A Sainted Slave of the 18th Century

Eric Washington
In the context of the English-speaking Atlantic world during the 18th century, many of the oppressed were African enslaved persons. Yet during this time many enslaved Africans became Christians partly because of the Great Awakening. There is evidence from the mouths and pens of enslaved African Christians that they gospel that they heard and the Christianity that they believed was from a Reformed perspective. My focus in this post is on an enslaved African James Albert Ukawsaw Gronniosaw.
We know Gronniosaw through his, A Narrative of the Most Remarkable Particulars in the Life of James Albert Ukawsaw Gronniosaw, published in 1772 in London. In fact, this was one of the earliest, if not the earliest, English-language slave narrative. Gronniosaw was born in the kingdom of Bornu, a major West African kingdom in what is now Niger, Nigeria, Chad, and Cameroon. He gives his audience no date or year of birth since West Africans societies didn’t mark time by years or months. "W. Shirley," who wrote the Preface to the work, reckoned that Gronniosaw was sixty in 1772 and had been captured when he was fifteen. So Gronniosaw would have been born ca. 1710, and captured ca. 1725. What illustrates that the sin of chattel slavery was no respector of persons was the remarkable fact that Gronniosaw’s grandfather was the King of Bornu, which, of course, made him a prince.
This young prince's enslavement came through a bit of subterfuge. A merchant from the Gold Coast who traded in Bornu noticed convinced Gronniosaw, his parents, and his grandfather that living with him on the coast would serve him well. The trader assured Gronniosaw and his family that he would return. That never happened, of course. The merchant sold Gronniosaw to the captain of a Dutch ship off the coast of West Africa. After surviving the Middle Passage and arriving in Barbados, the captain sold him to a man from New York City, where he ventured became a house servant. Then, in what is a perplexing fact for us to look back upon, a minister named "Freelandhouse" purchased Gronniosaw. It was in that minister’s household that Gronniosaw learned about God and how to pray. He also accompanied his master to public worship each Lord’s Day. And it was during those Lord's Day sermons that Gronniosaw became convinced of his sin.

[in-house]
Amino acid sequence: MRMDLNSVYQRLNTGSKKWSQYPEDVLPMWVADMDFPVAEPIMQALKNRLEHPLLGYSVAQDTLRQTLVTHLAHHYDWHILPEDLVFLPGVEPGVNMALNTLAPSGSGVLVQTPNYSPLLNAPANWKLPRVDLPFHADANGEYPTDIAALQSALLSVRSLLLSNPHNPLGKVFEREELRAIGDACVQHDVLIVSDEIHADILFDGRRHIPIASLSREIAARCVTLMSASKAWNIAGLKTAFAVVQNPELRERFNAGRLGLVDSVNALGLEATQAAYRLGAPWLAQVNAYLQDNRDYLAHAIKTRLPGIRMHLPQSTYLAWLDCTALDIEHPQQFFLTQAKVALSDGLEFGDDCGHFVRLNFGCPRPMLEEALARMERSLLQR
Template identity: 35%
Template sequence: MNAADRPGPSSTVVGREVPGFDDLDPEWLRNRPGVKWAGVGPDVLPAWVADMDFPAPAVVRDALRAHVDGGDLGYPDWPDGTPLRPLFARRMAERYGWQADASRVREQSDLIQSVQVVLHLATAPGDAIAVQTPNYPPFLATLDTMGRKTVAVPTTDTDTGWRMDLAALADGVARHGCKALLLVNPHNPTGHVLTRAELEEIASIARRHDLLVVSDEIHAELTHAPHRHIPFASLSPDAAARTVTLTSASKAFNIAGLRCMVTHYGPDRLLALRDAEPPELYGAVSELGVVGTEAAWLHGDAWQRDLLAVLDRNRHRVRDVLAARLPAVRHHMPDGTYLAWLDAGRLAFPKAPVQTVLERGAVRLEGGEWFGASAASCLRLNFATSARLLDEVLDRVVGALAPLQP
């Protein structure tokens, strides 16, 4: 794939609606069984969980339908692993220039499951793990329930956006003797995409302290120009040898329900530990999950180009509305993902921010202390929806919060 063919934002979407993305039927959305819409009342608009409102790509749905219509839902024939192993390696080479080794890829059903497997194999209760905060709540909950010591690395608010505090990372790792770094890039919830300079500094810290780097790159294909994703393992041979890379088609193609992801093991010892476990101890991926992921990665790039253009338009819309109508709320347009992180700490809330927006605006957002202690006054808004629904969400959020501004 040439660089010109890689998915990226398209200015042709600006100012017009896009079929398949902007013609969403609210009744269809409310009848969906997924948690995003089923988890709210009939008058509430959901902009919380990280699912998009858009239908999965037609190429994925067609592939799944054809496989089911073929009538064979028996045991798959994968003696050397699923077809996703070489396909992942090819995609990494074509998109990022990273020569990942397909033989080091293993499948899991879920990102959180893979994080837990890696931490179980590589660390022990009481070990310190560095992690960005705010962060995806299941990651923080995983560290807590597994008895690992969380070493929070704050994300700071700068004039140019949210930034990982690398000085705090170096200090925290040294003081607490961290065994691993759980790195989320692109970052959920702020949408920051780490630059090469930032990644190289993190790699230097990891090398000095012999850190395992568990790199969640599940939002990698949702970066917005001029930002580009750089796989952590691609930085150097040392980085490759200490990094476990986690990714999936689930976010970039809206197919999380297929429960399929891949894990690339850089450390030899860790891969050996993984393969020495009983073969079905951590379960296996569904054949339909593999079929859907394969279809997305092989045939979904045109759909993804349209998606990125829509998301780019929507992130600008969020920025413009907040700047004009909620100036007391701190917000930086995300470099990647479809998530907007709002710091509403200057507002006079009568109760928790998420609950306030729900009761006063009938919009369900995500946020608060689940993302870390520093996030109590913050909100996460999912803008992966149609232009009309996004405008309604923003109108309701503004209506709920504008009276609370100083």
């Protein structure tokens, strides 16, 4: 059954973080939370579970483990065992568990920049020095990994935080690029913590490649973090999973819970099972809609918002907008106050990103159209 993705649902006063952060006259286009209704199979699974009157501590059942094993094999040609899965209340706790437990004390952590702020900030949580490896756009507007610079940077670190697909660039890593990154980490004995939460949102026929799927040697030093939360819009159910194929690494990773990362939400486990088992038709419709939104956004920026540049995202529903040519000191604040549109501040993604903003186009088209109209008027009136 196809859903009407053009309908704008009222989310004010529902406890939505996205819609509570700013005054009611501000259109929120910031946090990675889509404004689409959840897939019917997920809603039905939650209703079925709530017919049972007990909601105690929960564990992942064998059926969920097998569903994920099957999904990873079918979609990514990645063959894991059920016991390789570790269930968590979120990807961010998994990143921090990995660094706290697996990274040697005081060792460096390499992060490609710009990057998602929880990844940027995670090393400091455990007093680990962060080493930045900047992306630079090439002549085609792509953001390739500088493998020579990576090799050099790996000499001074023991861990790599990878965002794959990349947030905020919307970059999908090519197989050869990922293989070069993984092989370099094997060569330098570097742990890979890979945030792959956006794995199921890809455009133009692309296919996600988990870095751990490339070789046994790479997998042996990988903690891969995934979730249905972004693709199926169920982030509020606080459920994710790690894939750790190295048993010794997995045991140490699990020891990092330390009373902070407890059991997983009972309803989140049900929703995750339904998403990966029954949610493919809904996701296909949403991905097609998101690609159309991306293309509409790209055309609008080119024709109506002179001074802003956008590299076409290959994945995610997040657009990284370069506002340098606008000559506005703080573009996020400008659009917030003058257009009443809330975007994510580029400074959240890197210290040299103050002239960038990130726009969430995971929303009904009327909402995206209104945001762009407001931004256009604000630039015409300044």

In his Narrative, Gronniosaw credits the Lord in bringing him to faith through ordinary means in that he recalled the gospel, especially that Jesus Christ was the Lamb of God. He also found solace in a relationship with his schoolmaster, and in reading Richard Baxter’s A Call to the Unconverted. Through reading Scripture, prayer, reading good literature, and being discipled, Gronniosaw felt his sins forgiven. He related an occasion in which he saw a light from heaven that shone only on him while he prayed for about a minute. He wrote: “I continued on my knees, and joy unspeakable took possession of my soul. --The peace and serenity which filled my mind after this was wonderful, and cannot be told.” He also thought on the text from Jeremiah 32:40: “I will make an everlasting covenant with them, that I will not turn away from them, to do them good; but I will put my fear in their hearts that they shall not depart from me.” Following this he went to his old school master to tell him, and they both rejoiced. Shortly after, his master died, and upon his deathbed set Gronniosaw free. After some years in freedom but still working for his master’s family, he landed in England.
What we can reflect on is here is the Lord's providence in the life of an African slave who served in a Dutch Reformed household in New York City. From the text of the Narrative it is clear that this particular Dutch Reformed slaveholding family included slaves in their household piety. Records show that there were other slaveholding households that operated in the same way. In these contexts, slaves received catechetical instruction at home and went to public worship. We have evidence of slaves being full communicant members of Dutch Reformed churches in New York. As full members of the church, this meant that they were able to baptize their babies.
Yet, we also need to acknowledge that the Reformed understanding of the time allowed for slaves to be members of the churches but to remain slaves. This was their (mis)understanding of New Testament passages such as 1 Corinthians 7, Ephesians 5, Colossians 3, and Paul's letter to Philemon. Many lacked an 18th century application of those passages, failing to question the premise that chattel slavery was the same as ancient slavery/servitude in the Graeco-Roman world. While Gronniosaw received his freedom from slavery at his master's death, the majority of African slave captives who became Christians and communicant members of the Dutch Reformed Church, remained enslaved, and would so for another 1oo years.
Assistant Professor of History 
& Director of the African and African Diaspora Studies Minor
Calvin College, Grand Rapids, MI
Eric Washington